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Blacks On Television: Amos & Andy

2300 words - 9 pages

Portrayal of African Americans on television is frequently a controversial topic. Throughout its rather brief history, television, in its programming, has skewed predominantly white, (Pringozy, 2007). This was clearer in the 1950s and early 1960s, and it even remained true throughout the 1970s, when television shows with mainly all African American casts became hits, (Strausbaugh, 2006). The success of The Cosby Show in the 1980s helped to improve race relations somewhat, or at least on television, (McNeil, 1996). Still, controversy continued, and still does to this day, as to which shows present negative stereotypes of African Americans and which ones do not, (Strausbaugh, 2006). Therefore, when talking about the history of African Americans on television, it is best to begin with the show that is widely considered to be the epitome of negative stereotypes of African Americans on television: The Amos and Andy Show, (McNeil, 1996). This paper will examine the portrayal of African Americans through two shows from two generations and the impacts both shows had on Black America; The Amos and Andy Show (1928) and The Cosby Show (1984).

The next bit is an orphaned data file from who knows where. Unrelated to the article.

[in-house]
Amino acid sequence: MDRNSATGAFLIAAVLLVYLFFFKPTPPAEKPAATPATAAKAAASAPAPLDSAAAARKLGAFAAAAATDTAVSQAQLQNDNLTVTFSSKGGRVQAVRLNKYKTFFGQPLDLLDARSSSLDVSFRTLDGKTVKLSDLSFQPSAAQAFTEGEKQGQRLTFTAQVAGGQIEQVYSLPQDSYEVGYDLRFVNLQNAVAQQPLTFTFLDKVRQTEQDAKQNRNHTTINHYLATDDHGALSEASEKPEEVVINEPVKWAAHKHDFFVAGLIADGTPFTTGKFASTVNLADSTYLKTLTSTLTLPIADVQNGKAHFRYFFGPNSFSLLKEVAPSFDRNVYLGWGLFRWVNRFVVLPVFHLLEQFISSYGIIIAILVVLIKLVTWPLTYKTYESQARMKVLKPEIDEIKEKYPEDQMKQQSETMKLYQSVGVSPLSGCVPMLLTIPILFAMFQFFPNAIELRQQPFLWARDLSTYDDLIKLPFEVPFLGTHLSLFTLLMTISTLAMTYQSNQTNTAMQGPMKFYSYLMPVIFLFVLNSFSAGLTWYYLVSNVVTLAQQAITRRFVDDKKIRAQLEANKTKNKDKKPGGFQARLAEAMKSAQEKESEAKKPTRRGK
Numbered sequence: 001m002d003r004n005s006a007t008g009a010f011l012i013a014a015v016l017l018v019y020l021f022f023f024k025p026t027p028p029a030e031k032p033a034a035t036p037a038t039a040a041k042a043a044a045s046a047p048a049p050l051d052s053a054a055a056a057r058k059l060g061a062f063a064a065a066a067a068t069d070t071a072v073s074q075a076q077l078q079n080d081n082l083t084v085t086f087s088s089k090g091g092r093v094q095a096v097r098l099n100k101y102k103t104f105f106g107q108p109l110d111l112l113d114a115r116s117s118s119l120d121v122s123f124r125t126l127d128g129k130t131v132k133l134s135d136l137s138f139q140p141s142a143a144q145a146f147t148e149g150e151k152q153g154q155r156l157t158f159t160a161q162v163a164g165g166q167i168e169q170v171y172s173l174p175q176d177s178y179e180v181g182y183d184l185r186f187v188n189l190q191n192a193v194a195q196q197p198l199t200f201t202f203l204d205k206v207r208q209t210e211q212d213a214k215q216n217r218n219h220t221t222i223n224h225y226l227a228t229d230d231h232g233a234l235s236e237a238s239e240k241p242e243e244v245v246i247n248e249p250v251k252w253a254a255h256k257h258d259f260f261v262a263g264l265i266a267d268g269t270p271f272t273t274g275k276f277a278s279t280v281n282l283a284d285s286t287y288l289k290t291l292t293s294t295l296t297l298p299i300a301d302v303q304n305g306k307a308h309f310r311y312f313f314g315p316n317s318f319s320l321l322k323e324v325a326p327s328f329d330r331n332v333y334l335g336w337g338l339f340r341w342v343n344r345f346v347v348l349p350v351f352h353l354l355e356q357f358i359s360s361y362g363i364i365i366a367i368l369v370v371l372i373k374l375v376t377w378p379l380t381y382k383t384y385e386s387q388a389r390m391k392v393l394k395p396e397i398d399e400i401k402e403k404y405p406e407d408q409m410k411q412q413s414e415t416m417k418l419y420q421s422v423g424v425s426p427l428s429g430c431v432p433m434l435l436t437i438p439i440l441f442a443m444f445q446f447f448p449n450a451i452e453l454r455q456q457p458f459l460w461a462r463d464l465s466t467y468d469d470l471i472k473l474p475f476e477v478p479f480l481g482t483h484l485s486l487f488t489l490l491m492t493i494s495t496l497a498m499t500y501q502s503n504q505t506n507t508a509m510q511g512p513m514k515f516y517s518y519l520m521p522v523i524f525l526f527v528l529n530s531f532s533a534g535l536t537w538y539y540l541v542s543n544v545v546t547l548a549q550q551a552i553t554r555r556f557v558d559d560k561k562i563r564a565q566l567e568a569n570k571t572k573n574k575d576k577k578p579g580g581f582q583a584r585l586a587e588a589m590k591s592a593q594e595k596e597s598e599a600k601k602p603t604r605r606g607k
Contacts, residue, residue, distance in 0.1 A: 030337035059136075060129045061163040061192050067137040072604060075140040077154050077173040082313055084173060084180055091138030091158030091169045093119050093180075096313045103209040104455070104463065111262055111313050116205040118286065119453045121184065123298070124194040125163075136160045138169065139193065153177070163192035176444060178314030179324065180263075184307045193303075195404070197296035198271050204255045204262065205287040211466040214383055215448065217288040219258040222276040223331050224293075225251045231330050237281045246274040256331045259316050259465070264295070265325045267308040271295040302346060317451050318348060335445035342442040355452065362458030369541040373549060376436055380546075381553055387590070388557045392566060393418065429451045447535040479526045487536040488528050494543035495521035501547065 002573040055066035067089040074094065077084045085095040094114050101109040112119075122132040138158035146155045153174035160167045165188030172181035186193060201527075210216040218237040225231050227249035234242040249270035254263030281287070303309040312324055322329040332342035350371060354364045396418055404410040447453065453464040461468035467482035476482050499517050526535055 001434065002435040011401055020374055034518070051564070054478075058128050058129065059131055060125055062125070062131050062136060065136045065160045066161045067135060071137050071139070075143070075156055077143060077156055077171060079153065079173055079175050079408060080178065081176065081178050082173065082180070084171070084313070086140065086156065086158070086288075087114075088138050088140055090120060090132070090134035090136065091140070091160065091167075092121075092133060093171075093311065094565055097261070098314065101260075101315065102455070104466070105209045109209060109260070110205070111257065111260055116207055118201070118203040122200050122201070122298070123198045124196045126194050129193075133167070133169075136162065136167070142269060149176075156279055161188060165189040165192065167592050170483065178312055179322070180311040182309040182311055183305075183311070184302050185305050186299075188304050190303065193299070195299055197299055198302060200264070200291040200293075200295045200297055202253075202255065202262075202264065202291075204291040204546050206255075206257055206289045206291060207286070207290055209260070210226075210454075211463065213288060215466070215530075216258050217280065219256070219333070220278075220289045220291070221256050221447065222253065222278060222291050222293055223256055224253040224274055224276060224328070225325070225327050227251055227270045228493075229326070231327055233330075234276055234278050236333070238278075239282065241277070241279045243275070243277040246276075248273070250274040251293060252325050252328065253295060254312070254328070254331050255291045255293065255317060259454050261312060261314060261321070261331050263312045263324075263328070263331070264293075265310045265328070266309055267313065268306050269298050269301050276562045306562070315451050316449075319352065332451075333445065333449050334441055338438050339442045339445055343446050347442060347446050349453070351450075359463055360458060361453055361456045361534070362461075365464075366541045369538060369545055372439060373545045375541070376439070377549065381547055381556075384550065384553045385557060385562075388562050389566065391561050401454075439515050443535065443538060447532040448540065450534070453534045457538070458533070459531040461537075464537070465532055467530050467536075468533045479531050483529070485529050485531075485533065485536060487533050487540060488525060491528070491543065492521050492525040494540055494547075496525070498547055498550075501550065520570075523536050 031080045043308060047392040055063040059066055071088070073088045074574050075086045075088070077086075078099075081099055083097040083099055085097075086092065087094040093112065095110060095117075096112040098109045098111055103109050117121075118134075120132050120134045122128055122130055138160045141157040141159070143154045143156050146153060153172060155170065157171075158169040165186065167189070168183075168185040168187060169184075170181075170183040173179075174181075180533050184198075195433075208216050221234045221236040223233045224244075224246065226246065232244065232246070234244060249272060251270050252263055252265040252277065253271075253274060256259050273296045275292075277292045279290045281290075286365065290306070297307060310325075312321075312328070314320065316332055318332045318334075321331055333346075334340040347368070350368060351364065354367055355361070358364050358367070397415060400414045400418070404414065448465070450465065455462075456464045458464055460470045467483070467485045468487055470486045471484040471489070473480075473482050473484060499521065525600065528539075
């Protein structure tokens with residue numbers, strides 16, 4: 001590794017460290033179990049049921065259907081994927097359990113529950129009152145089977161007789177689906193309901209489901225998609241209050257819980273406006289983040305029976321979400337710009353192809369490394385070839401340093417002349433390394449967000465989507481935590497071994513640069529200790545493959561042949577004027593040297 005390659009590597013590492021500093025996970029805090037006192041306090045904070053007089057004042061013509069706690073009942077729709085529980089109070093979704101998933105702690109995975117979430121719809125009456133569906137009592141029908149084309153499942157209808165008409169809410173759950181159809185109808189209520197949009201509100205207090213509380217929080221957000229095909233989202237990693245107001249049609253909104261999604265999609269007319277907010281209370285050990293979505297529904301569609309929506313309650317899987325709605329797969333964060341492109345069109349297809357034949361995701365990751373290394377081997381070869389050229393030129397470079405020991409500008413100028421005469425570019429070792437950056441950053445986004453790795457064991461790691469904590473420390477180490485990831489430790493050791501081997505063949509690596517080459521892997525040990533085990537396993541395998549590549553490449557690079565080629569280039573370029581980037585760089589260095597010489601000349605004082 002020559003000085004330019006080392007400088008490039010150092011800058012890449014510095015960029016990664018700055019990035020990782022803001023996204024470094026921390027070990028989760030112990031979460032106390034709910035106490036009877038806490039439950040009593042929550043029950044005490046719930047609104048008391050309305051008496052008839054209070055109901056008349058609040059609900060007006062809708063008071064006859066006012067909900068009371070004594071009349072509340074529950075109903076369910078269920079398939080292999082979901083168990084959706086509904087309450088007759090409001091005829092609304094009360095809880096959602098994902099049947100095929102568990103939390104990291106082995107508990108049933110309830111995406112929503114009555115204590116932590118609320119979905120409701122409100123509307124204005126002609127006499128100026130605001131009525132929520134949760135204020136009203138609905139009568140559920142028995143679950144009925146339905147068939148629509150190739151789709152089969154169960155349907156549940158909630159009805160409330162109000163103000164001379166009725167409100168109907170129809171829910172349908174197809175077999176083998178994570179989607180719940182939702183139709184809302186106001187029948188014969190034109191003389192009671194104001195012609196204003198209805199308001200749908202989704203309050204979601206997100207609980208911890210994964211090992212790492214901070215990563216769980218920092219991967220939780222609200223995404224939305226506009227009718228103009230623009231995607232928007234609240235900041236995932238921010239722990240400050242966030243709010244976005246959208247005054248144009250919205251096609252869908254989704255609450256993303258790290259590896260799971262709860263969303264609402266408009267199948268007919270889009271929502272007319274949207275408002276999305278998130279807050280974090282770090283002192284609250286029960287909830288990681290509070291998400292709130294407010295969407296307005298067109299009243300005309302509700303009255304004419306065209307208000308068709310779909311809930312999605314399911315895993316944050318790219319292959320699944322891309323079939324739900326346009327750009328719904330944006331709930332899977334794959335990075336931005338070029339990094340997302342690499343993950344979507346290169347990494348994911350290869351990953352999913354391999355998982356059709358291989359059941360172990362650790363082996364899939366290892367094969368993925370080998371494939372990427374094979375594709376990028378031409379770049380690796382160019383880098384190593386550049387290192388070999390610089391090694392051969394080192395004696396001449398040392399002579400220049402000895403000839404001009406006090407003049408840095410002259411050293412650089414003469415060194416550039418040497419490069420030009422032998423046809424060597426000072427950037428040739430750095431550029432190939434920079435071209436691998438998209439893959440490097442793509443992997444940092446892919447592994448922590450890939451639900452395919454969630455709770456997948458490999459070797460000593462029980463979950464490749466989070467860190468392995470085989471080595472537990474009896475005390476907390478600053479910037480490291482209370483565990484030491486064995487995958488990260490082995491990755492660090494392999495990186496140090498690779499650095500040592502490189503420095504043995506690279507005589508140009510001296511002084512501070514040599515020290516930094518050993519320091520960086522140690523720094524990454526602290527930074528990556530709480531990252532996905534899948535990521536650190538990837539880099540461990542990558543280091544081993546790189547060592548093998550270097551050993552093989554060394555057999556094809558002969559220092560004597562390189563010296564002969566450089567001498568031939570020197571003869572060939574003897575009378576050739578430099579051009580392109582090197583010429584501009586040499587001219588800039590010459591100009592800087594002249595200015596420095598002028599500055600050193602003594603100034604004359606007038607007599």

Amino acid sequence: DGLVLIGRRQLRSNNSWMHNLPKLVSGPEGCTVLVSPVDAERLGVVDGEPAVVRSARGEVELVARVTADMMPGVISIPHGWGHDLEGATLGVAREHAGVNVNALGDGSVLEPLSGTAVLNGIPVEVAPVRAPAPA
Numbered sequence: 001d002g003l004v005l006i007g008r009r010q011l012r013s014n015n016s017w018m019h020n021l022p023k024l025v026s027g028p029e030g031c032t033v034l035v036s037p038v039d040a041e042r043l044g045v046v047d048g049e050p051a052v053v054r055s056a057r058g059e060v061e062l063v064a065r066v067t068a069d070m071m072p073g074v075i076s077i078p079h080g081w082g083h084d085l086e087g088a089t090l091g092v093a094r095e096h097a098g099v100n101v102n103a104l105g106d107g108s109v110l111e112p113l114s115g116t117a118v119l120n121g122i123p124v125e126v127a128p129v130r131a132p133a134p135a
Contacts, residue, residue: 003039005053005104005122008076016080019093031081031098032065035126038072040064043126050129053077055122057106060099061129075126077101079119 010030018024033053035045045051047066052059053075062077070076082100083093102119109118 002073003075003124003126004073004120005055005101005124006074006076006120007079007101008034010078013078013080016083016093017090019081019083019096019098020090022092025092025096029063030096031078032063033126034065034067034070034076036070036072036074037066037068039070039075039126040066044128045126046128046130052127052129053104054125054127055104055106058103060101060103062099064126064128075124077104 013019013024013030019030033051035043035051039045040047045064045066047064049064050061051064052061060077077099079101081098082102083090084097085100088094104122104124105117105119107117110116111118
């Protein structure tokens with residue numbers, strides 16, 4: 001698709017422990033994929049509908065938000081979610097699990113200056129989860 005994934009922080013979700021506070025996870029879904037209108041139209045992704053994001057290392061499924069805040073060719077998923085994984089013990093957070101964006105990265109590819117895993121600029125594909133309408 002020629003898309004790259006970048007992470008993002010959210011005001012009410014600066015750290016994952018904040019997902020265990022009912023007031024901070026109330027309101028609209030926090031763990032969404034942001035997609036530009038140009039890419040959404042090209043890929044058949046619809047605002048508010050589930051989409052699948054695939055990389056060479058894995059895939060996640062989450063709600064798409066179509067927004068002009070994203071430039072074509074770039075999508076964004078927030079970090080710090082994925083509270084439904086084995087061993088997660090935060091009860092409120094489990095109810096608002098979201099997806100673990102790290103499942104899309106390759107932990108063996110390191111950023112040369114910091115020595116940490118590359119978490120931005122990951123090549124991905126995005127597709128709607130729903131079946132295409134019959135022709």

The Amos and Andy Show began life as a radio show in 1928, (Rice, 2009). Two white dialecticians, Freeman Grosden and Charles Correll created the show, (Rice, 2009). Set in Harlem, The Amos and Andy Show was the story of Amos Jones (voiced by Gosden) and Andrew H. Brown (voiced by Correll), (Rice, 2009). The Columbia Broadcasting System (CBS) reportedly paid Gosden and Correll one million dollars each in exchange for the rights to the show (Rice, 2009), and they planned to make it into a television show. However, Gosden and Correll were both white, and the cast of the television show had to be African American, (Rice, 2009). Therefore, a national search was conducted over the span of four years, (Rice, 2009). The show finally debuted on June 28, 1951, (Rice, 2009). The television version, likewise to the radio version, proved to be a big success, and in fact rated 13th in the A.C. Neilson television ratings for the 1951-1952-television season, (Rice, 2009). However, as soon as the show debuted, it began drawing criticism from various organizations for its allegedly negative portrayal of American Americans, (Rice, 2009). An example of this criticism came from a bulletin issued by the National Association for the Advancement of Colored People (NAACP) on August 15, 1951, entitled “Why The Amos and Andy Show Should be Taken Off the Air”, (Rice, 2009). Some of the accusations included “Every character in this one and only TV show with an all Negro cast is either a clown or a crook” (Rice, 2009), “Negro doctors are shown as quacks and thieves” (Rice, 2009), and “It tends to strengthen the conclusion among uniformed and prejudiced people that Negros are inferior, lazy, dumb, and dishonest” (Rice, 2009). Despite protests such as these, The Amos and Andy Show remained a hit until it ceased production in...

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